Com­puter Crime, Cy­ber Se­cu­rity Bill must be fast-tracked

The Manica Post - - Comment & Feedback -

EDITOR — From the com­puter on your desks, the cars that we drive, and the phones that we carry, the planes we fly, the banks that hold your money, the hos­pi­tals that keep us alive and the very in­fras­truc­ture that makes our Zim­babwe cities run­ning.

The ba­sis of our mod­ern lives should be the rea­son why our Zim­bab­wean Gov­ern­ment should im­me­di­ately im­ple­ment Com­puter Crime and Cy­ber Se­cu­rity Bill.

It’s been 12 years since the Gov­ern­ment of Zim­babwe pledged to come up with so­lu­tions to curb cy­ber crime.

Surely 12 years is a very long time con­sid­er­ing that tech­nol­ogy has lit­er­ally taken over our day to day life.

Our anal­y­sis at present points to, Gov­ern­ment in­sti­tu­tions have been less af­fected by se­cu­rity breaches than the Zim­babwe pri­vate sec­tor, hence has not fast tracked this im­por­tant bill.

As Zim­babwe In­for­ma­tion Com­mu­ni­ca­tion Tech­nolo­gies (ZICT) we are re­li­ably in­formed that the Com­puter Crime and Cy­ber Se­cu­rity Bill is cur­rently be­ing moved from one of­fice to the other at the At­tor­ney Gen­eral’s Of­fice.

For God’s sake, this bill should be fast tracked and brought be­fore Par­lia­ment of Zim­babwe so that our Min­is­ter of In­for­ma­tion Com­mu­ni­ca­tion Tech­nol­ogy and Cy­ber Se­cu­rity can start work­ing on the man­date and start putting the struc­tures in place.

As ZICT, we hope and pray that all the struc­tures will be put in place as soon as pos­si­ble to pro­tect the peo­ple of Zim­babwe as we head to­wards the 2018 elec­tions.

As a na­tion, we live in an in­creas­ingly net­worked world, from per­sonal bank­ing to Gov­ern­ment in­fras­truc­ture to mo­bile bank­ing and mov­ing to­wards a cash­less so­ci­ety.

Pro­tect­ing those net­works is no longer op­tional, but a ne­ces­sity.

Cy­ber se­cu­rity has to be on top of our na­tional agenda as high-pro­file breaches raise fears that hacker at­tacks and other se­cu­rity fail­ures will with­out a doubt en­dan­ger the Zim­babwe’s econ­omy in the short-term.

Com­puter Crime and Cy­ber Se­cu­rity can no longer be af­ter­thought when Gov­ern­ment is en­cour­ag­ing the use of In­for­ma­tion and Com­mu­ni­ca­tion Tech­nol­ogy across all struc­tures.

All Gov­ern­ment in­sti­tu­tions and ex­ec­u­tives should fo­cus on cy­ber se­cu­rity as a core fea­ture of day to­day op­er­a­tion.

In short, our Gov­ern­ment in­sti­tu­tions must build se­cu­rity sys­tems to de­tect breaches and deal with hacks be­fore they hap­pen.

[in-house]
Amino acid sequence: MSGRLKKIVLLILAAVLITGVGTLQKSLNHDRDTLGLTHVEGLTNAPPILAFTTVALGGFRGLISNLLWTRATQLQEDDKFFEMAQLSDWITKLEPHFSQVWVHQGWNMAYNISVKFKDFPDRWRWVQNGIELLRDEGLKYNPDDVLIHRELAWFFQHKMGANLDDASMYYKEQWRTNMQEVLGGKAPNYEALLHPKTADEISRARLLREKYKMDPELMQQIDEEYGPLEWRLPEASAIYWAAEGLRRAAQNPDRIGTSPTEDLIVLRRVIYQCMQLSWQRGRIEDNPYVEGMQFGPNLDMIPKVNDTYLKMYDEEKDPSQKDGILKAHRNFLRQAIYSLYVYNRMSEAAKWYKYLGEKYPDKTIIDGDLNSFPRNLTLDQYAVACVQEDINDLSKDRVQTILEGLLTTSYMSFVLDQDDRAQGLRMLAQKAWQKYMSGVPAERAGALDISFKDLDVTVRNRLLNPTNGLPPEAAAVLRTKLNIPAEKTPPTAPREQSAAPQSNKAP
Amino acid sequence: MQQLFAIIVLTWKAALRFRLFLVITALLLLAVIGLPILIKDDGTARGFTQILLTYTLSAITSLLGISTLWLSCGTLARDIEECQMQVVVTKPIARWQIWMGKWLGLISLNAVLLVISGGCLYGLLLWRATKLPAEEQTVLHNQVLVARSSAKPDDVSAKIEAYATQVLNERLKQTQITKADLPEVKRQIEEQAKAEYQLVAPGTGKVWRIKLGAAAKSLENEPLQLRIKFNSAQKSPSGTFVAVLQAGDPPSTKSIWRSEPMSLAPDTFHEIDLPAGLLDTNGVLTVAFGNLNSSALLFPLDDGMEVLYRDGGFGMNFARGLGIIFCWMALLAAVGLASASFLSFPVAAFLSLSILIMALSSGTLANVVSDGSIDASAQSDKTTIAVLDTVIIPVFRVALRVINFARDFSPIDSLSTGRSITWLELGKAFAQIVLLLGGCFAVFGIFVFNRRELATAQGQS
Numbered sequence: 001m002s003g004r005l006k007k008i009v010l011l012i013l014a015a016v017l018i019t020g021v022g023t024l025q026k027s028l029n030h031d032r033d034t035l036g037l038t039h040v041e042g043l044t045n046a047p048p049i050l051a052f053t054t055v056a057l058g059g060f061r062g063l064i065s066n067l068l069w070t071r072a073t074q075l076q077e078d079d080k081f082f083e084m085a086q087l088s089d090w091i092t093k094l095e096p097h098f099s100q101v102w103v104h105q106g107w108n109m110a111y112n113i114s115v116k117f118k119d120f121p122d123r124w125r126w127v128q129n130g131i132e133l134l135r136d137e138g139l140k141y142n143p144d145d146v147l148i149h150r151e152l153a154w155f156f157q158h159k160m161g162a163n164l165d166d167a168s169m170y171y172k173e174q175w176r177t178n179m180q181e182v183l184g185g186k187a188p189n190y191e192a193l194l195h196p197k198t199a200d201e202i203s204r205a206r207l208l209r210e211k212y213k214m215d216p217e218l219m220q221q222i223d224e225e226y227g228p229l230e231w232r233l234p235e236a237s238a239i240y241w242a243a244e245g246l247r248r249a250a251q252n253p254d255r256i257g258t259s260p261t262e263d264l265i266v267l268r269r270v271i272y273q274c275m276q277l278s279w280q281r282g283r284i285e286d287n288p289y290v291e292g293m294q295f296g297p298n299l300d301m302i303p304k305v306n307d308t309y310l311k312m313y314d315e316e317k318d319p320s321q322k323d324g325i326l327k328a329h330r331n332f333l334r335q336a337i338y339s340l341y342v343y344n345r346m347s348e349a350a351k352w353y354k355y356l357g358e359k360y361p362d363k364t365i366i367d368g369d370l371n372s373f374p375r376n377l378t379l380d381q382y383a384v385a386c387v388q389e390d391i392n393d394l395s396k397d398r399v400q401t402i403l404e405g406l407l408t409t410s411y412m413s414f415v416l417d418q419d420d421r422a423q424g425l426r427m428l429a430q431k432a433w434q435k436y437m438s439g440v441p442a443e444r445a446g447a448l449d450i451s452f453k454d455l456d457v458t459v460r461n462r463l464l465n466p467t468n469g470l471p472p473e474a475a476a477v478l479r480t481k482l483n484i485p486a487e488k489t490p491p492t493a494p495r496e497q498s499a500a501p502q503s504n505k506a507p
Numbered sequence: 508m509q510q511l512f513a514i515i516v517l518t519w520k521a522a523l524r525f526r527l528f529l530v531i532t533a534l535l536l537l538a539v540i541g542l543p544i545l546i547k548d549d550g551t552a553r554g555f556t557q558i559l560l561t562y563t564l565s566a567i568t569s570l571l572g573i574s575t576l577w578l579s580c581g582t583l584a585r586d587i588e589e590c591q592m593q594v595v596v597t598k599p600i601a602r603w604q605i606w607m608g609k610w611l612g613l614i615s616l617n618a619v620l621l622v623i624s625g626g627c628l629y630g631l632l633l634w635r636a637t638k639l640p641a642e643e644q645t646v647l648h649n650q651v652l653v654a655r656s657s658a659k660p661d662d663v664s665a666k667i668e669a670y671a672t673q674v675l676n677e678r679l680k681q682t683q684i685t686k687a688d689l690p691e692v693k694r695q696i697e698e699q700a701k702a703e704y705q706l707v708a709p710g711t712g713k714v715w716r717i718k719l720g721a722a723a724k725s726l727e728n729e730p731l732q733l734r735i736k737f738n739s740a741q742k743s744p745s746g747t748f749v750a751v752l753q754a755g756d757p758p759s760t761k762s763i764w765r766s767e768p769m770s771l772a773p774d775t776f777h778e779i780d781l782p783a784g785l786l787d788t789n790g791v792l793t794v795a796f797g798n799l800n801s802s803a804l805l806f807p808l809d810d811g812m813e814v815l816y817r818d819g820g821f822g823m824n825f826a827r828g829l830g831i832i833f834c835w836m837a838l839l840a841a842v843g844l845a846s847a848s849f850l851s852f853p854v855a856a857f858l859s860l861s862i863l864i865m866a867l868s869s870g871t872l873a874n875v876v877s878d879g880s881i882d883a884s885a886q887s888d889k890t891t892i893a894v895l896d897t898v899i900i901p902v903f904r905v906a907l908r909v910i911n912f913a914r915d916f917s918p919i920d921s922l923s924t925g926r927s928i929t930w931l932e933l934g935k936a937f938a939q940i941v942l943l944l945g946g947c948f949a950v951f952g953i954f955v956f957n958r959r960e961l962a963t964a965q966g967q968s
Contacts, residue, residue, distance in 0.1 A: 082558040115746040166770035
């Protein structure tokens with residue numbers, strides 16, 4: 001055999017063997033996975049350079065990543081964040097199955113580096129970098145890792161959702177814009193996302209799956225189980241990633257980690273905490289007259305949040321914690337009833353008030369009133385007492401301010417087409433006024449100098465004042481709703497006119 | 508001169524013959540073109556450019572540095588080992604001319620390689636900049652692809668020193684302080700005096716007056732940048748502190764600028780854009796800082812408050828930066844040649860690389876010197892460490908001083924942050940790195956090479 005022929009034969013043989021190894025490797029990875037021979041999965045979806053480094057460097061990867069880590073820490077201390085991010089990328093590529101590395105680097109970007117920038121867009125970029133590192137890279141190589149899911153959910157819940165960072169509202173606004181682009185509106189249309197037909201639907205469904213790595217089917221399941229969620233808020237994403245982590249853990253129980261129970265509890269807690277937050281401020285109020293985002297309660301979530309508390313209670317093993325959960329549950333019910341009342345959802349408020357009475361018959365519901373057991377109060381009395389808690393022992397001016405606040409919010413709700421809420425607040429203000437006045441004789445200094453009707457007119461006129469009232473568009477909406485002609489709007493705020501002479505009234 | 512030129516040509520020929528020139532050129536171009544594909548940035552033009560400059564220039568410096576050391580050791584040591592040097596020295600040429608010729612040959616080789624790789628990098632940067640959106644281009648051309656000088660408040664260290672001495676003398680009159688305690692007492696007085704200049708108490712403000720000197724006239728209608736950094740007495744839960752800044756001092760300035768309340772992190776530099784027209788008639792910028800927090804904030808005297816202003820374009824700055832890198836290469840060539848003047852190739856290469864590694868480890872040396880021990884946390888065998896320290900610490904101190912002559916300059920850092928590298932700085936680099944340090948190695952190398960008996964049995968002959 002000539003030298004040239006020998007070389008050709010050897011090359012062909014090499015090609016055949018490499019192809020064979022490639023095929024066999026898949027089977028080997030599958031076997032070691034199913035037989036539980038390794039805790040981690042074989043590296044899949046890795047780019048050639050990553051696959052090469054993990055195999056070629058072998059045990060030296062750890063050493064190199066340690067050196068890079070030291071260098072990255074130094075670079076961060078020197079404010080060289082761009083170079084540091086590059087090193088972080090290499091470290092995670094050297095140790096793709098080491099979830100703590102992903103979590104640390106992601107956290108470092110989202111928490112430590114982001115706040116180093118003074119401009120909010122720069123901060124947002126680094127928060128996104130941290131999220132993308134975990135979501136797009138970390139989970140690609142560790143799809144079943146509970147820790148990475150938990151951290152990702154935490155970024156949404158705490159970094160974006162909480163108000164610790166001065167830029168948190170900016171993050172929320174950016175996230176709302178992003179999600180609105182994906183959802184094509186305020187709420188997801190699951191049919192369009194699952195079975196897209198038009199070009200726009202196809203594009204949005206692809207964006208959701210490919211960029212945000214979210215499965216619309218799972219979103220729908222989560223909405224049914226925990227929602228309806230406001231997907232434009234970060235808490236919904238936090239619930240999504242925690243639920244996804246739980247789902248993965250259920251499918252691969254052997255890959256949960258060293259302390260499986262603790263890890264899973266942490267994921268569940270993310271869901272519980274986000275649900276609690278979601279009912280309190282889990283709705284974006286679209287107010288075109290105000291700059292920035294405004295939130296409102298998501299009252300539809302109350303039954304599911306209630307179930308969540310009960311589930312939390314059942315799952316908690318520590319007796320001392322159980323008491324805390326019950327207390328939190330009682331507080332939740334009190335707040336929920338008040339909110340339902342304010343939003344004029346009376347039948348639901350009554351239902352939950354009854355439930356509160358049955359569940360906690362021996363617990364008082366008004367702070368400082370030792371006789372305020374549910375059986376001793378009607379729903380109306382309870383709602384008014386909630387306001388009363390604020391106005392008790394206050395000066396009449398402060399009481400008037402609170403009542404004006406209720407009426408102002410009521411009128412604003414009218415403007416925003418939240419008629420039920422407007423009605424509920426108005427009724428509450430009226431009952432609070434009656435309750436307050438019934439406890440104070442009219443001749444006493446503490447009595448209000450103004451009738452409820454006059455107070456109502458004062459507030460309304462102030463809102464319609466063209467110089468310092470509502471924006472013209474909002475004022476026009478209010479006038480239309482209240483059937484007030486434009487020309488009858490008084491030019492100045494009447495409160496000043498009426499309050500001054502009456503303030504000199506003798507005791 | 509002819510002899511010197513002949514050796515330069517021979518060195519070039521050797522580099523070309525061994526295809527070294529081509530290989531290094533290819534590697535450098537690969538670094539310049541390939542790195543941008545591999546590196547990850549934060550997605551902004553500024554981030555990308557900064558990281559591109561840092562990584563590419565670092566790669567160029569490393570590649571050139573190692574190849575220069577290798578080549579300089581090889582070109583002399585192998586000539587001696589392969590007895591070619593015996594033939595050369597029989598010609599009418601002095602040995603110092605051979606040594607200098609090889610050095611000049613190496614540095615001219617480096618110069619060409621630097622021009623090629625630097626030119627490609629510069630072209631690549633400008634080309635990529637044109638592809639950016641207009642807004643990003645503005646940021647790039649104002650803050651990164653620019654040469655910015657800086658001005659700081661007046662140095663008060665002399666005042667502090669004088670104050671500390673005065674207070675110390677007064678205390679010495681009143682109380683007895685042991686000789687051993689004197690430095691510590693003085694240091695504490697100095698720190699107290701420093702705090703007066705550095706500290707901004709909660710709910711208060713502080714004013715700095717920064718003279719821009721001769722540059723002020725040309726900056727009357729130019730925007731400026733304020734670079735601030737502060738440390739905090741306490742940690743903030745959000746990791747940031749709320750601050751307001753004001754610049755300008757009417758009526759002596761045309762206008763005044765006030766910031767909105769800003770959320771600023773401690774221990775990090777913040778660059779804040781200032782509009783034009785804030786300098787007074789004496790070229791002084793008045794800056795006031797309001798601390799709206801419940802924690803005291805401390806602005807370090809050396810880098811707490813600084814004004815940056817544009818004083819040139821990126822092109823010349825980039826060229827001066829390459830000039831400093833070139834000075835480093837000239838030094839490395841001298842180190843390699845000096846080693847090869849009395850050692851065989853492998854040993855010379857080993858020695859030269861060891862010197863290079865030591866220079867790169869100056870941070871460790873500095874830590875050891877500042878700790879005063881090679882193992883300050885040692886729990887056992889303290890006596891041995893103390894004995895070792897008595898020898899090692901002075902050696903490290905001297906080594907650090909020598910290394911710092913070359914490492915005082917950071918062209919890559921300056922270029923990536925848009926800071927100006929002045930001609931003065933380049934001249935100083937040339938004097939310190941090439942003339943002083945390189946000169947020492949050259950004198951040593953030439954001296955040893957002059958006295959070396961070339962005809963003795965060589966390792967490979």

Dis­rup­tion on a na­tional scale have ac­tu­ally al­ready hap­pened in 2007, Es­to­nia a for­mer Rus­sian colony found it­self the tar­get of a week-long cy­ber at­tack by Rus­sian hack­ers an­gered by the re­moval of “Mon­u­ment to the Lib­er­a­tors of Tallinn” a fa­mous Soviet statue from the cap­i­tal, Tallinn.

What be­gan as a sharp rhetoric and mild protests quickly be­came a se­ri­ous eco­nomic of­fen­sive when Rus­sian In­ter­net fo­rums urged sym­pa­thetic Rus­sian hack­ers to act and pro­tect Rus­sia’s in­ter­est in the coun­try.

Soon, the com­puter net­works of Es­to­nian banks, gov­ern­ment agen­cies, and me­dia out­lets be­gan fail­ing, due to con­stant and ag­gres­sive cy­ber at­tacks.

ATMs were knocked off­line, in­ter­net servers were down.

It be­came so se­ri­ous that the coun­try had to “pull the plug, sev­er­ing ac­cess to all Es­to­nian web­sites from abroad.

This is de­fined as the world’s first cy­ber war, or Cy­ber War I.

The fact that we all live in a world which is net­worked to­gether, from in­ter­net bank­ing to gov­ern­ment in­fras­truc­ture, and thus, net­work pro­tec­tion is no longer an op­tional ex­tra. Cy­ber se­cu­rity is now an in­ter­na­tional con­cern, as high-pro­file breaches have given many con­cerns that hacks and other se­cu­rity at­tacks could en­dan­ger the global econ­omy.

In May 2017, ZICT held a Cy­ber Crime and Cy­ber se­cu­rity work­shop at a Harare ho­tel. It was at­tended by se­nior Gov­ern­ment of­fi­cials, po­lit­i­cal lead­ers, CEOs and rep­re­sen­ta­tives from com­puter se­cu­rity com­pa­nies, ma­jor re­tail­ers, law en­force­ment and tech­ni­cal ex­perts and the fo­cus was to col­lab­o­rate and ex­plore part­ner­ships that will help de­velop the best ways to bol­ster Zim­babwe’s cy­ber se­cu­rity. (Doc­u­ment at­tached) Now that we have the Min­is­ter of In­for­ma­tion Com­mu­ni­ca­tion Tech­nol­ogy and Cy­ber Se­cu­rity as the first step to fight these pos­si­ble at­tacks and pray that they will be given the man­date soon to put the struc­tures in place. Be­fore I con­clude can I re­mind you that we also have the Elec­tronic Trans­ac­tions and Elec­tronic Com­merce Bill, 2013 which also needs to be im­ple­mented. We hope Gov­ern­ment con­tin­ues to en­gage stake­hold­ers to avoid the mis­trust that cur­rently ex­ists.

En­gi­neer Ja­cob Kudzayi Mutisi

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